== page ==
OCR Interpretation

The Freeport Baldwin Leader. (Freeport, N.Y.) 1987-current, December 30, 2016, Image 9

Image and text provided by Freeport Memorial Library

Persistent link: http://nyshistoricnewspapers.org/lccn/sn95071065/2016-12-30/ed-1/seq-9/

Thumbnail for 9
November Election upends incumbent Democratic challenger John Brooks won the 8th Senate District seat that includes Freeport. Brooks, of Seaford, defeated State Sen. Michael Venditto in a hotly contested race that wasn't decided until December after weeks of ballot challenges. Brooks had a 44 vote lead in November that expanded to 284 votes. This outcome could effect Vendit- to sponsored legislation in the Senate — S3823A in 2015 — that would transfer own- ership of the Freeport Armory to the Vil- lage of Freeport. Now with Venditto gone, the village is back to square one. Longtime 18th District Assemblywom- an Earlene Hooper, a Democrat, held off a challenge by Republican political newcom- er Cornelius Todd Smith, who ran a cam- paign insisting that Hooper was out of touch and unavailable to her constituents. Hooper received 89 percent voter support to Smith's 11 percent when the night was over, however. Helping disadvantaged veterans Christina Daly/Herald DESPITE THE BLUSTERY cold, hundreds of veterans lined up outside of the Freeport Armory on Nov. 22 to receive food and cloth- ing. This annual event, now in its 25th year, is an outreach program that assists homeless and needy veterans and is sponsored by the Nassau County American Legion and the Nassau County Veterans Service Agency. Pictured is Alfred Bosco, a Vietnam veteran who was awarded a Purple Heart .enjoyed a hot Thanksgiving meal provided by volunteers. o 3 o s I s Donovan Beithoud/Herald Freeport captures Long Island title For the first time since 2010 and the fifth time in program history, Freeport cap- tured a Long Island football championship. The Red Devils rolled past William Floyd, 28-14 on Nov. 25 before an estimated crowd of 3,250 at Hofstra's stadi- um. Pictured is the Red Devils Football team. When it comes to natural gas pipelines, there's no such thing as being too safe. Delivering safe, reliable natural gas service to our customers is our top priority. Pipeline safety is something we take very seriously at National Grid. Even though most lines are buried underground, that'doesn't mean you can ignore them. Keep your family and community safe by helping to prevent gas leaks. Always call New York 811 at 811 or 1-800-272-4480 before you dig. Know the signs of a gas leak and what to do - if you smell gas, act fast. We've added a spoiled egg smell that makes natural gas easier to identify. Look for bubbles in standing water, a white cloudy mist or blowing dust, which indicates that an underground gas line may have ruptured; or, listen for a hissing, roaring or whistling sound. To report a gas emergency, call National Grid at 1 -800-490-0045 or 911. www.ngrid.com/safety Give the imfr because... hunger is clostifiiiit'lfcii$fc$Wfe Contribute Today at www.islandharvest.org Island Harvest A FOOD BANK FOR LONG ISLAND FlgMlngHunga. Touching Uvts. 40 Marcus Blvd, Hauppauge, NY 11788 • (631) 873-4775 * 15 Grumman Road West, Suite 1450, Bethpage. NY 11714 • (5161 294-8528 www.islandharvest.org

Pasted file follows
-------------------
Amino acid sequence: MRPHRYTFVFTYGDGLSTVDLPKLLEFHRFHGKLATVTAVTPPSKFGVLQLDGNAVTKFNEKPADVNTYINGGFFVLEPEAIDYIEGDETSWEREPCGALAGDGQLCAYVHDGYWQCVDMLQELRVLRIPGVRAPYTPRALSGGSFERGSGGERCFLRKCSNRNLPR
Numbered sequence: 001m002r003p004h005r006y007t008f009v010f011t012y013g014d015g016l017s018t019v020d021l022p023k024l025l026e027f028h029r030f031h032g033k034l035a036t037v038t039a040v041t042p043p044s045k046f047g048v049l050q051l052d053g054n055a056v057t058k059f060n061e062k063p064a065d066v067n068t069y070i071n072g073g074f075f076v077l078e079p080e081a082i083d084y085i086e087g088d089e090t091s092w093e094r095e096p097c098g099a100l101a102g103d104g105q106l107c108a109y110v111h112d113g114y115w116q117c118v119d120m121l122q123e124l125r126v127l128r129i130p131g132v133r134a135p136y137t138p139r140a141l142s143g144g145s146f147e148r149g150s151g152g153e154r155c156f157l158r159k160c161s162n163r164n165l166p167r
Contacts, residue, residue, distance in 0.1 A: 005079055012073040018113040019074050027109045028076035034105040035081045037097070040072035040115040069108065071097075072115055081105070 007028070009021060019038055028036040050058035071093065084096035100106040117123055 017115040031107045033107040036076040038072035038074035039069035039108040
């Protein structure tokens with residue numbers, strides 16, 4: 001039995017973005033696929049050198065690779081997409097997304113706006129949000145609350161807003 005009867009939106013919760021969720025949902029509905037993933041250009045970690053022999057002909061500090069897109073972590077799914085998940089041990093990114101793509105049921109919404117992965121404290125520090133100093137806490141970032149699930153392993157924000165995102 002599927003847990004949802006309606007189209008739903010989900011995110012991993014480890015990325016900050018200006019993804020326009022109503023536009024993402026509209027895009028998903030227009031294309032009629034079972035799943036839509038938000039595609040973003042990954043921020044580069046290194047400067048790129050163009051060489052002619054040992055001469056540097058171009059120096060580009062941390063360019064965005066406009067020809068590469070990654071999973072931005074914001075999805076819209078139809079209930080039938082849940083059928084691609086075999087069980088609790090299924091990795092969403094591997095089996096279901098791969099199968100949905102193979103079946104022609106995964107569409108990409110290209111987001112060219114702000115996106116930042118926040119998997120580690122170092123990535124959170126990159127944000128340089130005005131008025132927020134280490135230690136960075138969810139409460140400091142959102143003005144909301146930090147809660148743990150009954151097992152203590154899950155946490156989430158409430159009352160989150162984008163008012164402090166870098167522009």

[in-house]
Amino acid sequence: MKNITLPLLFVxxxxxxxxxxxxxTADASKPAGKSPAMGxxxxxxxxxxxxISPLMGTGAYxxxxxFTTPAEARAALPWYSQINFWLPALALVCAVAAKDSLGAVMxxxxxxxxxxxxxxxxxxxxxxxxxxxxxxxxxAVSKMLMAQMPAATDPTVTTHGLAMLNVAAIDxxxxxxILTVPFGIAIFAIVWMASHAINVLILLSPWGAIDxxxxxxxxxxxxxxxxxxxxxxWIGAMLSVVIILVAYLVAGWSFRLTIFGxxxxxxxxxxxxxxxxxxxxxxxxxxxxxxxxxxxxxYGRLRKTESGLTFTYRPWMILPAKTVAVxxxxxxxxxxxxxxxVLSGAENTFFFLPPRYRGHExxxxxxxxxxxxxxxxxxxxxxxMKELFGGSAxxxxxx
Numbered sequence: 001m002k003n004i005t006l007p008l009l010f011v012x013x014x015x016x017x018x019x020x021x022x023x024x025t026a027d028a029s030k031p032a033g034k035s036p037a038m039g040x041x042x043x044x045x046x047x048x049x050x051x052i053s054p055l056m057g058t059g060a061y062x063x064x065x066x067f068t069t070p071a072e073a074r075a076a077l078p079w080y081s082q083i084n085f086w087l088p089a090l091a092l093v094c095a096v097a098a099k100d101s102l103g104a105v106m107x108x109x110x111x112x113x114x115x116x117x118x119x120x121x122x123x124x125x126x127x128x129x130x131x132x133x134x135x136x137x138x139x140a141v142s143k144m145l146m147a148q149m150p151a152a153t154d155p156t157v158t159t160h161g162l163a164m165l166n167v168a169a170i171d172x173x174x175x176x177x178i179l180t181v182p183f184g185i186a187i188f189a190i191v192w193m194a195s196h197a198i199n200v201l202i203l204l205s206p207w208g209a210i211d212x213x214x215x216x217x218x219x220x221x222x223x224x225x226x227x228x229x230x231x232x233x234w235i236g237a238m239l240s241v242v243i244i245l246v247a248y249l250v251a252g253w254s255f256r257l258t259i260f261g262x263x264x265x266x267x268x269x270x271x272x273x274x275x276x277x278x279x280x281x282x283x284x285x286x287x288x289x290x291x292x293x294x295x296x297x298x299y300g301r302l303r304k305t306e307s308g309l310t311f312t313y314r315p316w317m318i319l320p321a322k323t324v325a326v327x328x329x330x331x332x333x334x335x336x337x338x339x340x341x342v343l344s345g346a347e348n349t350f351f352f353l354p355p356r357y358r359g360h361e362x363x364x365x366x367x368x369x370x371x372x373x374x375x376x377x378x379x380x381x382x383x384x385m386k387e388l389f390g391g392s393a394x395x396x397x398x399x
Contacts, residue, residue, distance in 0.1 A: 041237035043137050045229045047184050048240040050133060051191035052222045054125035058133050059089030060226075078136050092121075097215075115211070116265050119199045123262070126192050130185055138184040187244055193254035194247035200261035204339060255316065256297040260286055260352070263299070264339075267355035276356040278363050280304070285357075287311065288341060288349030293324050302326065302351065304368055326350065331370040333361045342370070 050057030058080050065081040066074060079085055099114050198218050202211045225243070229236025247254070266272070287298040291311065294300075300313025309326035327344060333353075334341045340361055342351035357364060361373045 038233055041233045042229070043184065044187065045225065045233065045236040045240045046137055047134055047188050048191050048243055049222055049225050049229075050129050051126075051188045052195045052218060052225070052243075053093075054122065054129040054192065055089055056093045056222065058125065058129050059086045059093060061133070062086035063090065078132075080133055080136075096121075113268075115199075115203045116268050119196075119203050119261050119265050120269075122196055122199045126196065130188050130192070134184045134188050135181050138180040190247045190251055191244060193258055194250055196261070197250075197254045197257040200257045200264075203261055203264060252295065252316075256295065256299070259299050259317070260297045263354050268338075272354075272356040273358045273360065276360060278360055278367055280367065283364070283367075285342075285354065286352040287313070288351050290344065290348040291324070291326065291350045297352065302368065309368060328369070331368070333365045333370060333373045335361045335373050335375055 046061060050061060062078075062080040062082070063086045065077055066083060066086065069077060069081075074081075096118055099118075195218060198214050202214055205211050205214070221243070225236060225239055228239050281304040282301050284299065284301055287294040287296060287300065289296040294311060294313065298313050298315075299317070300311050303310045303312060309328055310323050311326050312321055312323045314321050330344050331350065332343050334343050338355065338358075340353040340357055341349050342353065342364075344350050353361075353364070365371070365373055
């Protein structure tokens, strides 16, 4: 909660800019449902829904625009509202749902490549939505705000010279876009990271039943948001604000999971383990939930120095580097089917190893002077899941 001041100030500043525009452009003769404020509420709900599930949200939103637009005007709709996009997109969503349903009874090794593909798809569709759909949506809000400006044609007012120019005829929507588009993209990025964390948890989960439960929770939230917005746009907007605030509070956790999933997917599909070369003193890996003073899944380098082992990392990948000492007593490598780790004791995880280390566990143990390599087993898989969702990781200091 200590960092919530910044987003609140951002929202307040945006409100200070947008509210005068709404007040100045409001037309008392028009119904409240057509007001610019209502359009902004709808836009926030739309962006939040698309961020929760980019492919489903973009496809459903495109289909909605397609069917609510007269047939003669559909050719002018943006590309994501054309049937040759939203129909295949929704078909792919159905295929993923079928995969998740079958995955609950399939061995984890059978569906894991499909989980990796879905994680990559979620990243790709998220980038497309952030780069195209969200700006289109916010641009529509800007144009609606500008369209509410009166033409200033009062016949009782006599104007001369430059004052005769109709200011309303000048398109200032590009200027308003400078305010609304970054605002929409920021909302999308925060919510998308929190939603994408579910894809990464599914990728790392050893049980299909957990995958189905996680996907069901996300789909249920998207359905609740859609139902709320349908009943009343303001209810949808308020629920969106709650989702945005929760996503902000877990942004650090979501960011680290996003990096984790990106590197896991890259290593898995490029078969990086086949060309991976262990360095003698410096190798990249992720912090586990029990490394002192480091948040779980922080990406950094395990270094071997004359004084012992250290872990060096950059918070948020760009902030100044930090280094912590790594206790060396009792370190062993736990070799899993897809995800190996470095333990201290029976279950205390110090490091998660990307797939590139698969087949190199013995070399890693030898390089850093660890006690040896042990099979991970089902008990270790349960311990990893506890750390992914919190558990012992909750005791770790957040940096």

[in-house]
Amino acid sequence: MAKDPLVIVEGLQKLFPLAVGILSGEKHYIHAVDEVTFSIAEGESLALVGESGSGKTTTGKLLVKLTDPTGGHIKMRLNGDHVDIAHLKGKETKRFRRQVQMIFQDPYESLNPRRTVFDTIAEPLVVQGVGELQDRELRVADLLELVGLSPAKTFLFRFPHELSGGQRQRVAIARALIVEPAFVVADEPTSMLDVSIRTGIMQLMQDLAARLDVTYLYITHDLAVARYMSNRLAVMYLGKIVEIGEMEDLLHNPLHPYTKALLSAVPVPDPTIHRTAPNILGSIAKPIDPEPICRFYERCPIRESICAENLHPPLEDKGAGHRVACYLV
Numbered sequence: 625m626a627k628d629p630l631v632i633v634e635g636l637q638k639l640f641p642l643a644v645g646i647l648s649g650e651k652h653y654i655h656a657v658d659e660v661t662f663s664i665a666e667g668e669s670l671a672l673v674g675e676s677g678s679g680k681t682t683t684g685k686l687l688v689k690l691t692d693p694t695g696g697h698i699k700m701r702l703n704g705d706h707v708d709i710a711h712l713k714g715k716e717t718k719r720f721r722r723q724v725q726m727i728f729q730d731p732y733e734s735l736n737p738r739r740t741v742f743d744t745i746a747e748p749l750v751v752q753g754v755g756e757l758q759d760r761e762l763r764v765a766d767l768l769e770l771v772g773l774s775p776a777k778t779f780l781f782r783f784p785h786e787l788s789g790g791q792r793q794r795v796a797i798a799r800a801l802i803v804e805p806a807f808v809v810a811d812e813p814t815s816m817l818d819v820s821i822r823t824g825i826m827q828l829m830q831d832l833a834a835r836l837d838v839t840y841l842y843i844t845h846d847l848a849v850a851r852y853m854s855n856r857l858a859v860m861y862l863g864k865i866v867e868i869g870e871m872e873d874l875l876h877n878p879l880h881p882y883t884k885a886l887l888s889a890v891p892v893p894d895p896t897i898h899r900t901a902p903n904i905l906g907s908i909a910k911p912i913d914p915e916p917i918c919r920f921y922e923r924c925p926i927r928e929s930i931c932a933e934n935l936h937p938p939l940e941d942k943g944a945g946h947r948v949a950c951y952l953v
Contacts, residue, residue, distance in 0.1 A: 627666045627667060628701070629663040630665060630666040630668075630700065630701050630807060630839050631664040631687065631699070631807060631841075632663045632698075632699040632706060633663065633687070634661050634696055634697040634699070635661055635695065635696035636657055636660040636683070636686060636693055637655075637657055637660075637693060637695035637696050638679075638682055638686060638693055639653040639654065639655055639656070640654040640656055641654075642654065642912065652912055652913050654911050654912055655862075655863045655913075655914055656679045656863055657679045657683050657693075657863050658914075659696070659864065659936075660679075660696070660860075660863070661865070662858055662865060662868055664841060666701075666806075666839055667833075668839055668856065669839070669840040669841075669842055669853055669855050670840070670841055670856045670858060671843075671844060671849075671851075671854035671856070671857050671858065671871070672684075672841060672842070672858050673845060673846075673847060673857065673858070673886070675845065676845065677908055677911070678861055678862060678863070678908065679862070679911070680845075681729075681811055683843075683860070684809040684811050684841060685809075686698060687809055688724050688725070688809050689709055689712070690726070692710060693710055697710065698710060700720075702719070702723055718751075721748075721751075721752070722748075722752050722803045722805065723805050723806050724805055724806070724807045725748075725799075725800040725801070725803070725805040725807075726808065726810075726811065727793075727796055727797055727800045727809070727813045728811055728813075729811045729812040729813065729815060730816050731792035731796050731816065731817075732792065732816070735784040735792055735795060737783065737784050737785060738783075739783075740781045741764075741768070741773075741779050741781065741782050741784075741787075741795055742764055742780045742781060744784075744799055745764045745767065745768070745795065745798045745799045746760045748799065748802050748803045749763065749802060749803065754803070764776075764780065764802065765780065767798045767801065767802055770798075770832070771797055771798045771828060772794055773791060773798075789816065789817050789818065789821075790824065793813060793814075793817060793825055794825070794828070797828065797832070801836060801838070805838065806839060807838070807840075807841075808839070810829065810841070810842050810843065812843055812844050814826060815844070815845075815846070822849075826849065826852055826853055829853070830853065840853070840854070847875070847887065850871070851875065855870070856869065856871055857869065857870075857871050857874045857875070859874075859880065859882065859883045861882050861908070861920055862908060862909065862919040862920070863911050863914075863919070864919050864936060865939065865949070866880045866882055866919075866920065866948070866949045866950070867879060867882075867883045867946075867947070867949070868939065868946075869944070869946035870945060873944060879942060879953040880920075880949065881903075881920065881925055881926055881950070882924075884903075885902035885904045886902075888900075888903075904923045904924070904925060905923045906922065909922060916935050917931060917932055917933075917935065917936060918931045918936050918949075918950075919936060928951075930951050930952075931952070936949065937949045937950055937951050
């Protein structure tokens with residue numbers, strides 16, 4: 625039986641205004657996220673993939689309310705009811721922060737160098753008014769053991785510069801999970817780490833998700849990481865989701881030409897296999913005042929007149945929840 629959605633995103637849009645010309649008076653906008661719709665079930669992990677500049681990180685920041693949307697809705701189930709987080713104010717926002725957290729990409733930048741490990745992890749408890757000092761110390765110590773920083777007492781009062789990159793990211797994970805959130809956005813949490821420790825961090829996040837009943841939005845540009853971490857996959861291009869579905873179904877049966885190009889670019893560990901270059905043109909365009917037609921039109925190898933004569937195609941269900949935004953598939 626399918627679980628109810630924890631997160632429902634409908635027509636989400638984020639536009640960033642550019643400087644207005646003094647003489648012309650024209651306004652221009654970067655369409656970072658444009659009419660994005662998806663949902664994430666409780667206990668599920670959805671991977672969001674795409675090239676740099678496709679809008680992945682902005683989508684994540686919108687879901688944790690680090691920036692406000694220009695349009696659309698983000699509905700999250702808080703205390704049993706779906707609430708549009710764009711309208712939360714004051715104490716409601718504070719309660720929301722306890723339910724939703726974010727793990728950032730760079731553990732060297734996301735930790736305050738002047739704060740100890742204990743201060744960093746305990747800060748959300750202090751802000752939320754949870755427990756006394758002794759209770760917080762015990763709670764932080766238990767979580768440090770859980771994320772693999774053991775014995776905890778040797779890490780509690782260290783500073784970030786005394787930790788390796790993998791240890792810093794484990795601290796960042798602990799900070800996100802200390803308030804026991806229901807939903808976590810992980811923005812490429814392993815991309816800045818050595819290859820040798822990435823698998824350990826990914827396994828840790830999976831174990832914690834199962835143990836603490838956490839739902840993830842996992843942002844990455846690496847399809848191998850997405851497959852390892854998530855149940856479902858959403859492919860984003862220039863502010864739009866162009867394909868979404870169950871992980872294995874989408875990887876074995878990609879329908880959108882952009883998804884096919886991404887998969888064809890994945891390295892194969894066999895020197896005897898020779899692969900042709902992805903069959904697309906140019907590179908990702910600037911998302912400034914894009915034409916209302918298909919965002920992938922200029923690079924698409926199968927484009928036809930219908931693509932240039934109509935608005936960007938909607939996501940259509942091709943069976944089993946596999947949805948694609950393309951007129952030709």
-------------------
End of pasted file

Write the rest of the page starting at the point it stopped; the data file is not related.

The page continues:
xml | txt